Shortly before ten, a nurse came in and told me that visiting hours were over. Several minutes later, when I still couldn’t make myself leave, James stepped beside me.

“Kate.” I felt his hand on my back, and I tensed. “The sooner you get some sleep, the sooner you can come back and see her in the morning. Come on, I’ll drive you home.”

“It’s not home anymore,” I said hollowly, but I allowed him to lead me away.

I stared out the window as he drove my car back to Eden, grateful he didn’t try to start a conversation. Even if he had, I wasn’t so sure I’d have been able to answer. It wasn’t until we sat in my driveway, the engine of the car still running, that James spoke. In the background, a song played so softly on the radio that I had to strain to make it out. I was stalling. I didn’t want to go back inside that house. I’d prepared myself for what was coming for years, but now that it was happening, I couldn’t stand the thought of being alone.

“Are you sure you’re okay?”

“I’m fine,” I lied. James smiled sadly.

“I’ll come by and pick you up tomorrow morning, first thing.”

“I’m not going to school.”

“I know.” He didn’t take his eyes off of me. “I’ll take you to the hospital.”

“James…you don’t have to do that.”

“Isn’t that what friends do?” It hurt to hear the uncertainty in his voice. “You’re my friend, Kate, and you’re miserable. What could possibly be more important than taking care of you?”

My chin trembled, and it was only a matter of time before the waterworks started. Not knowing what else to do, I leaned over the driver’s seat and wrapped my arms around him. I’d never had a friend like him, someone who would’ve given up their day to keep me company at my dying mother’s bedside. I’d come to Eden expecting to be alone when this was over, and instead I found James. If there was ever a reason to stay in Eden, it was him.

“At least take the car,” I said into his shoulder. “You shouldn’t walk home in the dark like this.”

He started to protest, but I pulled back and gave him a look, and he nodded. “Thanks.”

By the time I managed to pry myself away from him and exit the car, I was a tearful, snotty mess, but I didn’t care. Next to the sidewalk, I could see the bare patch of dirt in the garden and the pile of weeds still sitting on the lawn.

“I’ll see you tomorrow,” he said, his voice carrying from the driveway. I nodded, unable to speak, and waved goodbye to him, using the last of what little strength I had left to force a smile.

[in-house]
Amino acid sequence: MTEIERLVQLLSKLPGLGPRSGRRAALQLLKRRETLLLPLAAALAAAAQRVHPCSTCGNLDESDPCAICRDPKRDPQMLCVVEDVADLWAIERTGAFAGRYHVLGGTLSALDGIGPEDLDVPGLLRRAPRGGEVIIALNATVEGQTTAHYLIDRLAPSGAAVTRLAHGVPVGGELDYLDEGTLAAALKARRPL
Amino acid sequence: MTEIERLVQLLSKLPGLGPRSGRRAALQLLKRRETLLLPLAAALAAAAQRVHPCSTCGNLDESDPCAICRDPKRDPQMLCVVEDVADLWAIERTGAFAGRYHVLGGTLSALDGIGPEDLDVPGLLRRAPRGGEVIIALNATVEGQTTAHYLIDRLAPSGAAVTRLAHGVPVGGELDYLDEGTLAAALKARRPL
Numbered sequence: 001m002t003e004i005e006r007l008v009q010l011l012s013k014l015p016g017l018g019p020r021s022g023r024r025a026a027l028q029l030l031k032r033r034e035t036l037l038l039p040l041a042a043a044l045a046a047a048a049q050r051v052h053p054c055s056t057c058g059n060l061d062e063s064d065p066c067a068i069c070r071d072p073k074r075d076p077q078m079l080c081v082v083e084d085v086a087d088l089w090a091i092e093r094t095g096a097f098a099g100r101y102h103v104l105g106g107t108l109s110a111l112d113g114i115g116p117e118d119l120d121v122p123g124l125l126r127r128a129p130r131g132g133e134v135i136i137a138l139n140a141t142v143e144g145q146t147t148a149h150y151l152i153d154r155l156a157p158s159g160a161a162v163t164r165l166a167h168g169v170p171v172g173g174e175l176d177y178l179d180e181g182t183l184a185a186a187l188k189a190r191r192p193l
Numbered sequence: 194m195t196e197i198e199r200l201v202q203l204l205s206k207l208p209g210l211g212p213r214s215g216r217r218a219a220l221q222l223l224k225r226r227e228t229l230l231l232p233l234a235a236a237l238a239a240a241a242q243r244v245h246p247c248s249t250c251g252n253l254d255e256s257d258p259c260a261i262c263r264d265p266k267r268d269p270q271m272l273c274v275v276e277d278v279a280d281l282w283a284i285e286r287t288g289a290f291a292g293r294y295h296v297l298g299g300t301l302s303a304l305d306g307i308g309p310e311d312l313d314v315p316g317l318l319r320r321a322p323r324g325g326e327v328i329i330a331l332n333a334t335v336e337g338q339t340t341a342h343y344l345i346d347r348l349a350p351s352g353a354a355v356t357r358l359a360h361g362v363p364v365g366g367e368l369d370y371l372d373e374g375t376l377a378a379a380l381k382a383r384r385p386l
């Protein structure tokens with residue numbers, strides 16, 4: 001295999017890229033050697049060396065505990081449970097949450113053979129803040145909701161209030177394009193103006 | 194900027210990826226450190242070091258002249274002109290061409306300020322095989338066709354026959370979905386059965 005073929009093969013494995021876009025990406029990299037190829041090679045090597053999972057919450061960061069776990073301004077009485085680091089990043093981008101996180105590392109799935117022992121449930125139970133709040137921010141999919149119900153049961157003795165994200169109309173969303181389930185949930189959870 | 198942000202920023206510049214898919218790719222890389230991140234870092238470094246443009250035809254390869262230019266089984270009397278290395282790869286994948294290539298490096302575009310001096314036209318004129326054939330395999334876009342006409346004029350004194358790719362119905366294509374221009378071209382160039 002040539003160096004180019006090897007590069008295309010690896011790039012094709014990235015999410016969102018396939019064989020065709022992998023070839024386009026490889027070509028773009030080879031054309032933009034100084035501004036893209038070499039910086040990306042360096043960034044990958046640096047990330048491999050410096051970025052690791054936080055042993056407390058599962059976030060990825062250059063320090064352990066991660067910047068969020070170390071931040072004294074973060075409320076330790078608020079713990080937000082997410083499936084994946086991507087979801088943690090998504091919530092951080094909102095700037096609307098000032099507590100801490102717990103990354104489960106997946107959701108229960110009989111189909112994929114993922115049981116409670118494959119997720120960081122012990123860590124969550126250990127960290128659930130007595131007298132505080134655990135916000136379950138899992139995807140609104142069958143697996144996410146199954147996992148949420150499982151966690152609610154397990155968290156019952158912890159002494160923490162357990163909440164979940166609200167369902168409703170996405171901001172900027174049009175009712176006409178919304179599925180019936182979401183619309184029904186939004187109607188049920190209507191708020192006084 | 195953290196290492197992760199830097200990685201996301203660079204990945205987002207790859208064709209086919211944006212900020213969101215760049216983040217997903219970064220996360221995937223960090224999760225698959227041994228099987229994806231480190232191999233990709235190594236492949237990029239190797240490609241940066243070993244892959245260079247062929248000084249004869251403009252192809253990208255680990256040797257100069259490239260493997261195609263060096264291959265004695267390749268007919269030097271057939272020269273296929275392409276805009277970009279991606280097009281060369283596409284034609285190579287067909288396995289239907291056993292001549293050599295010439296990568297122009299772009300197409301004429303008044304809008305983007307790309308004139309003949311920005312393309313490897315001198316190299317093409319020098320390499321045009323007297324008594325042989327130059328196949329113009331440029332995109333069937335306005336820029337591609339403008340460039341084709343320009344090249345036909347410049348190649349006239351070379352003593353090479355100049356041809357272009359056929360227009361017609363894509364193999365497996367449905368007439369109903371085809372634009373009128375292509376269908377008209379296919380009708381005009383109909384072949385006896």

I stepped inside, my hands trembling, but I knew there was no point being afraid of an empty house, no matter how strongly my mother’s scent lingered. I would be living alone for a very long time.

Wandering listlessly through the halls, I ran my hand across each surface I passed, staring blankly ahead into the darkness. Tonight marked the end of the only chapter in my life I’d ever known, and I didn’t know how to live in the emptiness ahead.

When midnight came and the doorbell rang, I was curled up in my mother’s bed, still wearing my clothes from that day. It took me two rings to decide to answer it, and even then, I took my time rolling out of bed and making my way down the stairs. Clutching my mother’s pillow to my chest, I opened the door, expecting it to be James.

It was Henry.

My stomach dropped to my knees, and the fog that clouded my head evaporated.

“Hello, Kate.” His voice was like honey, and I was suddenly acutely aware of how awful I looked. “Do you remember me?”

How could I possibly forget? “Yeah,” I said hoarsely. “You’re Henry.”

“I am.” There was something sad behind his smile, something I related to all too well. “This is my valet, Walter.”

I eyed the second man, my hand still gripping the doorknob. He was older, his hair gray and skin wrinkled, and his pale face was drawn. “Hi,” I said uncertainly.

“Hello, Miss Winters.” He smiled warmly. “May we come in?”

There was no point in worrying about whether or not they were here to kidnap me. Ava was right; if that was Henry’s plan, I would have been in the back of a van with my hands duct taped together by now. Besides, it didn’t matter anymore. With a nod, I opened the door wide enough for them to enter.

I nervously led them into the living room. After flipping on the lights, I sat down in the armchair, giving them both no choice but to sit on the couch. Henry took a seat as if he’d been here a thousand times before, and in the light, it was easier to see his face. He looked as young and gorgeous as before. “Do you know what day it is?”

I wasn’t even sure what month it was anymore, but there was only one reason Henry would show up on my front porch. “It’s the—the autumn equinox, right?”

“Very good,” said Henry. “Did you read up on Perseph one?”

My mouth went dry, and I nodded.

“And are you prepared to uphold your end of our bargain?”

I looked back and forth between them uncertainly. Maybe they were here to kidnap me after all. “I’m not really sure what our bargain is.”

Walter was the one who spoke. “In exchange for the life of your friend, you have agreed to spend the autumn and winter at Eden Manor. Every autumn and winter, if things go as planned.”